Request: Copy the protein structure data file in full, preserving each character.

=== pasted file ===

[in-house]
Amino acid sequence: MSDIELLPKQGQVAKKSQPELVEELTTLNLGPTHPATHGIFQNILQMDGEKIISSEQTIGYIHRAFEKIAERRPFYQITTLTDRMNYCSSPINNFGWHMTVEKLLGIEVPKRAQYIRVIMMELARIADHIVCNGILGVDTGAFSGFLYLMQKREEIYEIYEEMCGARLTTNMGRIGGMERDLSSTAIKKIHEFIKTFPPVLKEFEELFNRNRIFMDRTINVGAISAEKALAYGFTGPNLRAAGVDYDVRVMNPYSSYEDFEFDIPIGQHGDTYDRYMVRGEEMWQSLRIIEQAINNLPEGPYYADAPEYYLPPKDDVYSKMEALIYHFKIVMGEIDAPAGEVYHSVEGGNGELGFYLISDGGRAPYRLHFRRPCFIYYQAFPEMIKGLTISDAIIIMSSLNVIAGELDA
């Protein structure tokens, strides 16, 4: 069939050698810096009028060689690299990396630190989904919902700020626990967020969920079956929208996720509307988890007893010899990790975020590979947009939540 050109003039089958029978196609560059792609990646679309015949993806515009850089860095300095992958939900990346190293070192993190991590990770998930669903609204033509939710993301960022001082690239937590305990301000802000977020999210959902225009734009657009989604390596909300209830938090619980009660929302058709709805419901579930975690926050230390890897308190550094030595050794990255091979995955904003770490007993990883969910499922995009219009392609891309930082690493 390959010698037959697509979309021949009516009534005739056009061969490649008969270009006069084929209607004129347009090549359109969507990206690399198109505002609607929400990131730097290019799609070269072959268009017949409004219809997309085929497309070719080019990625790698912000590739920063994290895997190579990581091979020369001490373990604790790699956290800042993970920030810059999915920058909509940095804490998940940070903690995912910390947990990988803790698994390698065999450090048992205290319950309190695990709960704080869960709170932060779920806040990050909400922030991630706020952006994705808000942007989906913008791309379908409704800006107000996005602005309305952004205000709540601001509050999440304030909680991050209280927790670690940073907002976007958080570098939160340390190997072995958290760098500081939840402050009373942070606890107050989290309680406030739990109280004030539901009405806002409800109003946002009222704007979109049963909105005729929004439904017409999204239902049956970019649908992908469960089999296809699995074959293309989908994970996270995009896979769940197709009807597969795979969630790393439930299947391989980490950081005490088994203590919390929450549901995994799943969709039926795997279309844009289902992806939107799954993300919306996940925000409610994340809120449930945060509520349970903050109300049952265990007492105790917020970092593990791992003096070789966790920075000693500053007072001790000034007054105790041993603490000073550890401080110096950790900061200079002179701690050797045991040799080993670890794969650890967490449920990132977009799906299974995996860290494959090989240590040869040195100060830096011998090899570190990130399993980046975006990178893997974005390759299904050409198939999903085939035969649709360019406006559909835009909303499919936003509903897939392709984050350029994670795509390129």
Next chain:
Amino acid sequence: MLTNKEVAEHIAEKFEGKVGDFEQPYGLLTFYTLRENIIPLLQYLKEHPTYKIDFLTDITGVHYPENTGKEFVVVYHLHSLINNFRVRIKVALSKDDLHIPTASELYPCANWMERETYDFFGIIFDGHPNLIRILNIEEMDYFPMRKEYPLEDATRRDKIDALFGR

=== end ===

[in-house]
Amino acid sequence: MSDIELLPKQGQVAKKSQPELVEELTTLNLGPTHPATHGIFQNILQMDGEKIISSEQTIGYIHRAFEKIAERRPFYQITTLTDRMNYCSSPINNFGWHMTVEKLLGIEVPKRAQYIRVIMMELARIADHIVCNGILGVDTGAFSGFLYLMQKREEIYEIYEEMCGARLTTNMGRIGGMERDLSSTAIKKIHEFIKTFPPVLKEFEELFNRNRIFMDRTINVGAISAEKALAYGFTGPNLRAAGVDYDVRVMNPYSSYEDFEFDIPIGQHGDTYDRYMVRGEEMWQSLRIIEQAINNLPEGPYYADAPEYYLPPKDDVYSKMEALIYHFKIVMGEIDAPAGEVYHSVEGGNGELGFYLISDGGRAPYRLHFRRPCFIYYQAFPEMIKGLTISDAIIIMSSLNVIAGELDA
């Protein structure tokens, strides 16, 4: 069939050698810096009028060689690299990396630190989904919902700020626990967020969920079956929208996720509307988890007893010899990790975020590979947009939540 050109003039089958029978196609560059792609990646679309015949993806515009850089860095300095992958939900990346190293070192993190991590990770998930669903609204033509939710993301960022001082690239937590305990301000802000977020999210959902225009734009657009989604390596909300209830938090619980009660929302058709709805419901579930975690926050230390890897308190550094030595050794990255091979995955904003770490007993990883969910499922995009219009392609891309930082690493 390959010698037959697509979309021949009516009534005739056009061969490649008969270009006069084929209607004129347009090549359109969507990206690399198109505002609607929400990131730097290019799609070269072959268009017949409004219809997309085929497309070719080019990625790698912000590739920063994290895997190579990581091979020369001490373990604790790699956290800042993970920030810059999915920058909509940095804490998940940070903690995912910390947990990988803790698994390698065999450090048992205290319950309190695990709960704080869960709170932060779920806040990050909400922030991630706020952006994705808000942007989906913008791309379908409704800006107000996005602005309305952004205000709540601001509050999440304030909680991050209280927790670690940073907002976007958080570098939160340390190997072995958290760098500081939840402050009373942070606890107050989290309680406030739990109280004030539901009405806002409800109003946002009222704007979109049963909105005729929004439904017409999204239902049956970019649908992908469960089999296809699995074959293309989908994970996270995009896979769940197709009807597969795979969630790393439930299947391989980490950081005490088994203590919390929450549901995994799943969709039926795997279309844009289902992806939107799954993300919306996940925000409610994340809120449930945060509520349970903050109300049952265990007492105790917020970092593990791992003096070789966790920075000693500053007072001790000034007054105790041993603490000073550890401080110096950790900061200079002179701690050797045991040799080993670890794969650890967490449920990132977009799906299974995996860290494959090989240590040869040195100060830096011998090899570190990130399993980046975006990178893997974005390759299904050409198939999903085939035969649709360019406006559909835009909303499919936003509903897939392709984050350029994670795509390129």
Next chain:
Amino acid sequence: MLTNKEVAEHIAEKFEGKVGDFEQPYGLLTFYTLRENIIPLLQYLKEHPTYKIDFLTDITGVHYPENTGKEFVVVYHLHSLINNFRVRIKVALSKDDLHIPTASELYPCANWMERETYDFFGIIFDGHPNLIRILNIEEMDYFPMRKEYPLEDATRRDKIDALFGR